From the golden ceiling to the carefully arranged shoe rack, everything in El Dorado Thrift Store is designed to feel like a stylish boutique.
âWe look fancy, but we’re not expensive! This is how co-owner Diane Villagomez puts it.
That’s because Villagomez and his sisters grew up in clothes their mother painstakingly bought from cramped and messy thrift stores, as that was what they could afford.
âI remember she used to go to thrift stores for hours on end to maybe find a room maybe two. And the most important thing for her was not to get caught by anyone, ârecalls Villagomez. “She’d be like, okay, when someone sees you with a shirt on and they like it, you just tell them you bought it at that store, okay?” You don’t tell them you bought them at a thrift store.
So when Villagomez and his family opened El Dorado in Logan Square, they wanted to create a welcoming and well-organized store that everyone would be proud to shop in.
“Historically, El Dorado was a hidden city, and it was thought to be completely filled with gold, right?” she said. âSo that’s basically what we wanted to aim for when we opened the thrift store. We wanted to make it a little hidden corner where people can find gems.
âFor our culture in particular, it’s always about, you know, finding these great deals, being economically feasible for the family,â Villagomez said. “And it turned into something just fun, I think.”
El Dorado buyers Areli Estrada and Katherine Sain say they value the look and feel as much as the price tags.
âI started living on my own about a year ago, I can’t afford some of these brands right away,â Estrada said. âI’m not ashamed to go to the thrift storeâ¦ I earn my own money now, but I prefer to spend wisely.
They also have an ecological motivation to buy used.
âI would say number one is just kind of a sustainability aspect, I like to reuse,â Sain said of his store resale reasons. “I like to reuse whenever possible, but also just to spice things up.”
Just a few blocks north of Milwaukee Avenue, another resale store goes back in time to get Gen Z kids to buy second-hand.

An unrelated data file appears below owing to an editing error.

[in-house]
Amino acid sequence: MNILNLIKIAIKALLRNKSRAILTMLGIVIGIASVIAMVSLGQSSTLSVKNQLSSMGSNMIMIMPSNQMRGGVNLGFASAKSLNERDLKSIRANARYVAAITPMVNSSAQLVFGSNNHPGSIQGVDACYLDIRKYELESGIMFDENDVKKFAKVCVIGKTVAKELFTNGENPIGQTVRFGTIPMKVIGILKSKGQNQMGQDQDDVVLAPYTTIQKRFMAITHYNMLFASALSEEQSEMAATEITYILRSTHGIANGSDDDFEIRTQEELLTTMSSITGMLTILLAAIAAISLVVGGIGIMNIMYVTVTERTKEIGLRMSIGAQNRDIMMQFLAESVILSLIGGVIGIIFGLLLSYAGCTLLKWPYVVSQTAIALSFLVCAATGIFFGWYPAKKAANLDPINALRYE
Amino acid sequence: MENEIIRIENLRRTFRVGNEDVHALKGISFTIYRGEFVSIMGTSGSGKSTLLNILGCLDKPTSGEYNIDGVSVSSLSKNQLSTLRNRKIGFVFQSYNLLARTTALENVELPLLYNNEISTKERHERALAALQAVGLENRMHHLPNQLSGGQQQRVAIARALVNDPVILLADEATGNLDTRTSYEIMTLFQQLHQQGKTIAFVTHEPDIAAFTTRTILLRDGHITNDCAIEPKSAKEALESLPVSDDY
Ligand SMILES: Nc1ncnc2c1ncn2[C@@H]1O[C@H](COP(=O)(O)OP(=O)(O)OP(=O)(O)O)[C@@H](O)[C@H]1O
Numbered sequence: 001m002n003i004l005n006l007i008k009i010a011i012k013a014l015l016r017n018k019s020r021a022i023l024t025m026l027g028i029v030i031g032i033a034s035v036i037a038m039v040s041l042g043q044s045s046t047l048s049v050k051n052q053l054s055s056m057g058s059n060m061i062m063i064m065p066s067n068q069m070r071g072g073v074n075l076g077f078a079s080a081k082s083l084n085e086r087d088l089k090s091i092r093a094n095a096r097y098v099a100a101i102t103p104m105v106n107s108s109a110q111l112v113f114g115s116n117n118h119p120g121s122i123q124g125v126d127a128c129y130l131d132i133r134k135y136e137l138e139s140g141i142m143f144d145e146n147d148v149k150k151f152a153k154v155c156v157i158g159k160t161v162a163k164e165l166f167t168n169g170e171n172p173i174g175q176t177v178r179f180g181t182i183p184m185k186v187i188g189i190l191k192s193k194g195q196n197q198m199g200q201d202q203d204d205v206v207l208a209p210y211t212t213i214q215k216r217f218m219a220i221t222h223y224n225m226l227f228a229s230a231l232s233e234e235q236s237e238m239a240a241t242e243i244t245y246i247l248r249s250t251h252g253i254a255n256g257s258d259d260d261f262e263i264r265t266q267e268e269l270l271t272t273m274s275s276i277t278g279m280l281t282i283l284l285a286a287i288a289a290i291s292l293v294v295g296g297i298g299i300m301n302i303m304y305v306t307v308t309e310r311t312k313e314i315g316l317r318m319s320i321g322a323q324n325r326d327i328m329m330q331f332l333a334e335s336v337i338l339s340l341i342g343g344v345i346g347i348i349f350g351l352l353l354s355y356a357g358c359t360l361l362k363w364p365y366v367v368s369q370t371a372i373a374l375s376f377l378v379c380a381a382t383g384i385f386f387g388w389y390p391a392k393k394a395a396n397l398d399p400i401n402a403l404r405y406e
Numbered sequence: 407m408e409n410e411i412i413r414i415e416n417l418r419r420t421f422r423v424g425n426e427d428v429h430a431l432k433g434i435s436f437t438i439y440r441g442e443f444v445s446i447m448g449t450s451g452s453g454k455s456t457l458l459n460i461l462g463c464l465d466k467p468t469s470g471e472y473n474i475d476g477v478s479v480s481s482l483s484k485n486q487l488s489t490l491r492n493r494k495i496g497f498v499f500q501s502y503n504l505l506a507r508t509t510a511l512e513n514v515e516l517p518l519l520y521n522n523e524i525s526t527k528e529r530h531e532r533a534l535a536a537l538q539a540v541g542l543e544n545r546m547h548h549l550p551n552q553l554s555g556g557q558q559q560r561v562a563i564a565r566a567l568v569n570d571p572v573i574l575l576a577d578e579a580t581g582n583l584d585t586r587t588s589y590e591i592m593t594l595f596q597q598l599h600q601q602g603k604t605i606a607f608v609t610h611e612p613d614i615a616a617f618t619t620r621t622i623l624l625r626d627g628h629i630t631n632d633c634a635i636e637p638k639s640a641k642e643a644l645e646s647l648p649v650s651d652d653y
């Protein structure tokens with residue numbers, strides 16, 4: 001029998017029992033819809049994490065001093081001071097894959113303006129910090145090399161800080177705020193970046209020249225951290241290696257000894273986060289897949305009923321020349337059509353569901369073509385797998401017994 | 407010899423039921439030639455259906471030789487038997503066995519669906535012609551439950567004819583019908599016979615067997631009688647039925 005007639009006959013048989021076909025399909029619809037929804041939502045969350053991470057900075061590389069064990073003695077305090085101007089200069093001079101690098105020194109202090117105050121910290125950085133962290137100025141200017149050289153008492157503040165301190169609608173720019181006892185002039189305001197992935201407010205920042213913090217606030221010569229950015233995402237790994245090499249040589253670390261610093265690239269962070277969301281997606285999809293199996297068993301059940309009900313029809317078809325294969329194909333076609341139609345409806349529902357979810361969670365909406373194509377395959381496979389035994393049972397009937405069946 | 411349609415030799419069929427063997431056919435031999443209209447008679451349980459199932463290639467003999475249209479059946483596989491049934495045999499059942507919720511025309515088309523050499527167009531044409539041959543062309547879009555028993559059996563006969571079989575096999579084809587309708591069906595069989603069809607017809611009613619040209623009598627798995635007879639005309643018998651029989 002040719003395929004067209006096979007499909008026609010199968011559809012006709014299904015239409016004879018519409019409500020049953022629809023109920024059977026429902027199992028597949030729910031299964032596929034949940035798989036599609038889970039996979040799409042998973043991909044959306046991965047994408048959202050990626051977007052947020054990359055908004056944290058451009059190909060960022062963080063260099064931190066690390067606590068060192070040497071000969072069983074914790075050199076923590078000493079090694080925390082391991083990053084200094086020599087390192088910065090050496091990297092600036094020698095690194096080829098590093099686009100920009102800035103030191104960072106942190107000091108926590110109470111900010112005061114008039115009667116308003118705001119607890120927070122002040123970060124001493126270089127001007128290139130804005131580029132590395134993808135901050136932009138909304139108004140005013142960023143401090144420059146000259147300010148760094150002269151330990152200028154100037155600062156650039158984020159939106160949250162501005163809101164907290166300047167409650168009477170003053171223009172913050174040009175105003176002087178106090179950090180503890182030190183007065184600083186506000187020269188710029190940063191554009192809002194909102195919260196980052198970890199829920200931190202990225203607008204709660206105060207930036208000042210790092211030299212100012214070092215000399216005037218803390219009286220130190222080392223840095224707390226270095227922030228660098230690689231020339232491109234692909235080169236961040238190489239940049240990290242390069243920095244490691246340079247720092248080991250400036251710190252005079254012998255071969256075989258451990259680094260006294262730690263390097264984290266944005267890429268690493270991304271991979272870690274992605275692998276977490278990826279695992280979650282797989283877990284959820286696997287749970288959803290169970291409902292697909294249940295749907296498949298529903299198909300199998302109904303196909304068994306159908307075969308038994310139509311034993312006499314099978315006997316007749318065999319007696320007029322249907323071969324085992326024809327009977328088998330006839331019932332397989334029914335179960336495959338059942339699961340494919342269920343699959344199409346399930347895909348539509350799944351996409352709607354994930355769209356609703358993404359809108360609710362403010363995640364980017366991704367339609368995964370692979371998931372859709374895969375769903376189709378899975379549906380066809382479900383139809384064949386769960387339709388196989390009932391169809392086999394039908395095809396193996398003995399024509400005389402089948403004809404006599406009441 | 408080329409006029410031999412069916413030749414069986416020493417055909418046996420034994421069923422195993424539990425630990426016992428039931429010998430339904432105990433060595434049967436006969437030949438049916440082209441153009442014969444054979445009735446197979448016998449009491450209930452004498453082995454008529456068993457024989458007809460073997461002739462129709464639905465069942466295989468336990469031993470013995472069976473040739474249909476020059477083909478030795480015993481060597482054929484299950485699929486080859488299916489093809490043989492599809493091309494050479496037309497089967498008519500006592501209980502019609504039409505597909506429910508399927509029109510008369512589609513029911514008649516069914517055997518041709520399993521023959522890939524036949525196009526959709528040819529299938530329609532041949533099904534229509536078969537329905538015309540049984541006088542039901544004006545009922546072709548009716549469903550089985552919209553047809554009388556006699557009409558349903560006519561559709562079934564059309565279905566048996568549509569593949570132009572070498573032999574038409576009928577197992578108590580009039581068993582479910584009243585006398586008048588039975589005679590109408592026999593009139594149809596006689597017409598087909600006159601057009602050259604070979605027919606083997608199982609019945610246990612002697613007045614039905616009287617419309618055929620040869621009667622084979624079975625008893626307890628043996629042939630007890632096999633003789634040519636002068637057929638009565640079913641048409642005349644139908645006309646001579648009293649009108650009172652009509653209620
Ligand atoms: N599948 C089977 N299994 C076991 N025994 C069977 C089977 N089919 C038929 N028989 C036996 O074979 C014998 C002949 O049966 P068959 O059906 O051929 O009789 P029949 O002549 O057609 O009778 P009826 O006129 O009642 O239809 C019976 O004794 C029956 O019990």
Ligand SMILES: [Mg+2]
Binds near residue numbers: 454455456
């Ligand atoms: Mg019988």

“It has become the best way to save the planet and sort of cut down on fast fashion, as fast fashion gets more expensive and kids are increasingly on a budget, especially now with the pandemic.” said Vintage Frills. owner Jennifer Kelly. “So they’re saving like crazy.”
Kelly organizes the deals in her store and presents them sorted by color and era, from the 60s to the 2000s. That’s right – 2000s clothing is officially considered vintage.
âWhat often brings them here is the streetwear that I offer, the t-shirts, the baggy daddy jeans or ‘mom jeans’ as they call them. And they particularly like urban streetwear, so I try to find that for them because they weren’t born! It’s just the honest truth.
Kelly says that while the fast fashion vendors come up with their own take on ‘mommy jeans’, “I have real mommy jeans, they were worn by real moms, okay!” “
Vintage enthusiasts also say that the construction of vintage clothing beats the pants of fast fashion.
âI noticed that when I was shopping for vintage and looking at the labels inside the clothes, a lot of the clothes were made in America, clothes made by the Union, and they were just really well made. Â», Explains Melissa Acevedo, buyer of Vintage Frills.
And best of all: when this cozy grandma’s sweater that’s built to last gets to you, you’re part of her story.
“When you reuse things … you add memories … of clothes that were part of someone else’s wardrobe at one point,” says Es Galicia, a client of Vintage Frills. “So that’s pretty cool.”